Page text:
Japan market forces halt to Iceland whaling

Hvalur resumed whale hunting in 2009, after a 20-year gap.

Hvalur resumed whale hunting in 2009, after a 20-year gap. Photo: Þorvaldur Örn Kristmundsson

Icelandic fisheries company Hvalur has announced it will be hunting no whales this summer – blaming the outdated Japanese market for the decision.

Japan is Hvalur’s main market for whale-meat products, according to Hvalur CEO Kristján Loftsson, but “endless obstacles” to marketing Icelandic whales there has made the company’s position untenable.

According to Loftsson, the Japanese are clinging on to 40-year old analysis methods used nowhere else in the world. Icelandic whale-meat products are accompanied by a full chemical analysis certificate.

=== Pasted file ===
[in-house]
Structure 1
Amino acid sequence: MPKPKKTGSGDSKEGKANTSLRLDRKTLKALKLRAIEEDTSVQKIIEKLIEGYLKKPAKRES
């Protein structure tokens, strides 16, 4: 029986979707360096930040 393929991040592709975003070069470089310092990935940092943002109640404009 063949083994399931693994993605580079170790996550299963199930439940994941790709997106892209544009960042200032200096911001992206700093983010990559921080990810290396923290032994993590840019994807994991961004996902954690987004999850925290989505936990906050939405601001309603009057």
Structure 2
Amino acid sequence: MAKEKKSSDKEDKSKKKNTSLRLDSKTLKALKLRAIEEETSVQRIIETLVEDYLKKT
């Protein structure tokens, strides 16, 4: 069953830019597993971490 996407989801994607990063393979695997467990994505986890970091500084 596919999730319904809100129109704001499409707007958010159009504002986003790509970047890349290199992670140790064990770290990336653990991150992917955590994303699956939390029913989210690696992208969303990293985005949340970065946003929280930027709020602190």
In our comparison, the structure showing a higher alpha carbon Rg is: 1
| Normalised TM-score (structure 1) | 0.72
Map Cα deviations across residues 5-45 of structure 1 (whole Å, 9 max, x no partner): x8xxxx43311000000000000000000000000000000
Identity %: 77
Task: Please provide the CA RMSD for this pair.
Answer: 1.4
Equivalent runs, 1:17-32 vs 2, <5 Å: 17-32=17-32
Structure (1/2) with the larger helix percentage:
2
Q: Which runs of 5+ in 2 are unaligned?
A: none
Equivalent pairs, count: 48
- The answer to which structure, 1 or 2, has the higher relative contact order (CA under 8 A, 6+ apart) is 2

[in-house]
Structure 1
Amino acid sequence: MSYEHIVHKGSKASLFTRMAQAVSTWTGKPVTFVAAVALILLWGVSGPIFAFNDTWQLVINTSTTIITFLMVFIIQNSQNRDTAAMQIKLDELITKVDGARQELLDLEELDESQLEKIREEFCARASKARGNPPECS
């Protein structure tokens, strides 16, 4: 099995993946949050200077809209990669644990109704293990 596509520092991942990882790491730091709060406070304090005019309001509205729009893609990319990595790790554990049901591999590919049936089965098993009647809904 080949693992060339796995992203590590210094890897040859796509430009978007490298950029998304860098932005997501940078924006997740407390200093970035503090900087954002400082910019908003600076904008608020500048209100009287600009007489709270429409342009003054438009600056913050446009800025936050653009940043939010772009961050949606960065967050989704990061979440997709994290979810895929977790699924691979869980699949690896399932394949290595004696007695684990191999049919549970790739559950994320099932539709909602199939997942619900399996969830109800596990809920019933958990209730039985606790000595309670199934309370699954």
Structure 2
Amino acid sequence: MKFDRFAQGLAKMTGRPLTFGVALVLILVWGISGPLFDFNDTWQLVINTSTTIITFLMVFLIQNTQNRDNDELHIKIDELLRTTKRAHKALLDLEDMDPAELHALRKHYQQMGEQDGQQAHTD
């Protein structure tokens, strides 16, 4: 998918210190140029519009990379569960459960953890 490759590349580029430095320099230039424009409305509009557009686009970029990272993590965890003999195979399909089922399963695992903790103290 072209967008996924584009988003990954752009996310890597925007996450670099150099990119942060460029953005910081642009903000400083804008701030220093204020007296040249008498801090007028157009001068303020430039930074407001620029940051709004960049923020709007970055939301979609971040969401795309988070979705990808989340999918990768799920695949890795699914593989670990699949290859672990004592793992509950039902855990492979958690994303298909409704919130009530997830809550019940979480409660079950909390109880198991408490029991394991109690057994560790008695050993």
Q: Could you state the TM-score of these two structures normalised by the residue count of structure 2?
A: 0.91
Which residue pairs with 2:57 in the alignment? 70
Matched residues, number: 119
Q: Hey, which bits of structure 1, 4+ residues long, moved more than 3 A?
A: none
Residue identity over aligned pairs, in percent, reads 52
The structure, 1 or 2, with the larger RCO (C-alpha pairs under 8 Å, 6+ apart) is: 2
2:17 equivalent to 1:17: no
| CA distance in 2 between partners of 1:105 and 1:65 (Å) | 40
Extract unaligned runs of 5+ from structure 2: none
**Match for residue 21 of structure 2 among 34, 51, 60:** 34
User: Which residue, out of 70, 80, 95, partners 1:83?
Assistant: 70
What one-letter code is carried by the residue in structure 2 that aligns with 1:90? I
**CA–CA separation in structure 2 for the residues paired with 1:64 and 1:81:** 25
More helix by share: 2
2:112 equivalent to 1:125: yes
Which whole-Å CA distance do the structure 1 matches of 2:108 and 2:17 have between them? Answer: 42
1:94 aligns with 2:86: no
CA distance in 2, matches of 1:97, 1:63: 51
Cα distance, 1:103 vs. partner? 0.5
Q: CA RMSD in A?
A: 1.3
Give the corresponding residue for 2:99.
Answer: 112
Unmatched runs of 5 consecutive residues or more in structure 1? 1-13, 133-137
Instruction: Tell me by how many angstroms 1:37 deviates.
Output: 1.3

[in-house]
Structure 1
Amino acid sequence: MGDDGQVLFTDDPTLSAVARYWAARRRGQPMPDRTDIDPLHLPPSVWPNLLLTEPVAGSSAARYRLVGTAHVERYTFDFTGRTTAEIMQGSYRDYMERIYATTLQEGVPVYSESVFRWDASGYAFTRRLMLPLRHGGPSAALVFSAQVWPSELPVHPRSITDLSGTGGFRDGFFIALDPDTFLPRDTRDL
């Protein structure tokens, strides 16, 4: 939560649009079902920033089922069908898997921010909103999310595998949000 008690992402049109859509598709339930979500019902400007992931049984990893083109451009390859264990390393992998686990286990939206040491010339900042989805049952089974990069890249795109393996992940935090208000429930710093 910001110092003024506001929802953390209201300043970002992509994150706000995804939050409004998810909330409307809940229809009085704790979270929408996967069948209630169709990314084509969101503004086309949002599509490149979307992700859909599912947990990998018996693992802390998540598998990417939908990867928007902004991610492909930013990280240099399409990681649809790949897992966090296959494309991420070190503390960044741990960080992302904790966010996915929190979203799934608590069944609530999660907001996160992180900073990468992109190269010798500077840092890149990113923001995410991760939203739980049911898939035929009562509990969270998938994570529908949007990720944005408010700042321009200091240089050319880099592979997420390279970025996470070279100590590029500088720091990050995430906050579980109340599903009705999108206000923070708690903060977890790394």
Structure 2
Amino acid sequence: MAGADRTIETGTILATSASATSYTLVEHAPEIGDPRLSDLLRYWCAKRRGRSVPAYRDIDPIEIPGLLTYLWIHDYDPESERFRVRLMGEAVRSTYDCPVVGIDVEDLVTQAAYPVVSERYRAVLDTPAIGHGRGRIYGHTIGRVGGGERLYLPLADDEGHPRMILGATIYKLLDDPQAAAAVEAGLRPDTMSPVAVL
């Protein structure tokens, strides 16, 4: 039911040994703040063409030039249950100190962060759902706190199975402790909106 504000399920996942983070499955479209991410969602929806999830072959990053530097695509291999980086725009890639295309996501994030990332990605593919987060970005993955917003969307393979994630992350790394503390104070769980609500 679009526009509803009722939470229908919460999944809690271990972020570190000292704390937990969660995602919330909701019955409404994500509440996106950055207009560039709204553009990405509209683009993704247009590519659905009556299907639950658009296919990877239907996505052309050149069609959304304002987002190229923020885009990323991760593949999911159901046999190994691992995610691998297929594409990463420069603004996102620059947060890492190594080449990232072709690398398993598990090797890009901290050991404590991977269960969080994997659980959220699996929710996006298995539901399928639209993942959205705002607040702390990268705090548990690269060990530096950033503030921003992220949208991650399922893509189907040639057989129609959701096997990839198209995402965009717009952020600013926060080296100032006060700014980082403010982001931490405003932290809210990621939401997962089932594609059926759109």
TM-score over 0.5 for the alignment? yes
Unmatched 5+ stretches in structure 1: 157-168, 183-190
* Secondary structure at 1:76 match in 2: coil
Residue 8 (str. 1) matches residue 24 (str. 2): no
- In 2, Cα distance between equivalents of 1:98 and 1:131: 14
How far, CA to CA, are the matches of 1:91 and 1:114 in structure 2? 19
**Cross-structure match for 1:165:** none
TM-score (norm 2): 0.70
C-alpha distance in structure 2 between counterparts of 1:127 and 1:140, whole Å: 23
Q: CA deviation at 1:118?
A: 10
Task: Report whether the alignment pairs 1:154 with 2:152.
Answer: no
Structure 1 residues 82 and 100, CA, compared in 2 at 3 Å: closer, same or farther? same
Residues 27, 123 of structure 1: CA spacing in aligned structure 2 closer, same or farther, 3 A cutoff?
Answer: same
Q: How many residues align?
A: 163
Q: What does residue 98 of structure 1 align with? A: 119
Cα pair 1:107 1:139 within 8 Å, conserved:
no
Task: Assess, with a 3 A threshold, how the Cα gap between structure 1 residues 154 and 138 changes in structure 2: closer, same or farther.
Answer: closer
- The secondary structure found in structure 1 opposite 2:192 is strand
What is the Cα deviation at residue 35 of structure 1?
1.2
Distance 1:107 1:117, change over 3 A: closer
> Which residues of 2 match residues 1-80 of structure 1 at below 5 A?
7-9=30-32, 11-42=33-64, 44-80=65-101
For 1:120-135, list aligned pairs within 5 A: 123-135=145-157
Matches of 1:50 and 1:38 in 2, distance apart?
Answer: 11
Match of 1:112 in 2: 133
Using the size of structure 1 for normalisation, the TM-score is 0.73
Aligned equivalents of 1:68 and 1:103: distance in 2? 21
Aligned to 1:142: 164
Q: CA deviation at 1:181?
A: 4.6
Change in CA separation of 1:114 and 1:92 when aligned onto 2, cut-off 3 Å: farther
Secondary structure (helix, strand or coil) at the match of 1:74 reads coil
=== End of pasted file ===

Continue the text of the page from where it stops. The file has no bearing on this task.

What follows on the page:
“If Japan does not adopt modern testing methods such as used in Iceland […], Hvalur will no longer be able to hunt whales for the Japanese market,” he says.

Last summer, Hvalur hunted 155 finback whales, which are classified as an endangered species by the IUCN but are not endangered in the North Atlantic.  150 people are employed by the company to hunt whales and process the meat.

Kristján Loftsson, CEO of Hvalur.

Kristján Loftsson, CEO of Hvalur. Photo: Ómar Óskarsson




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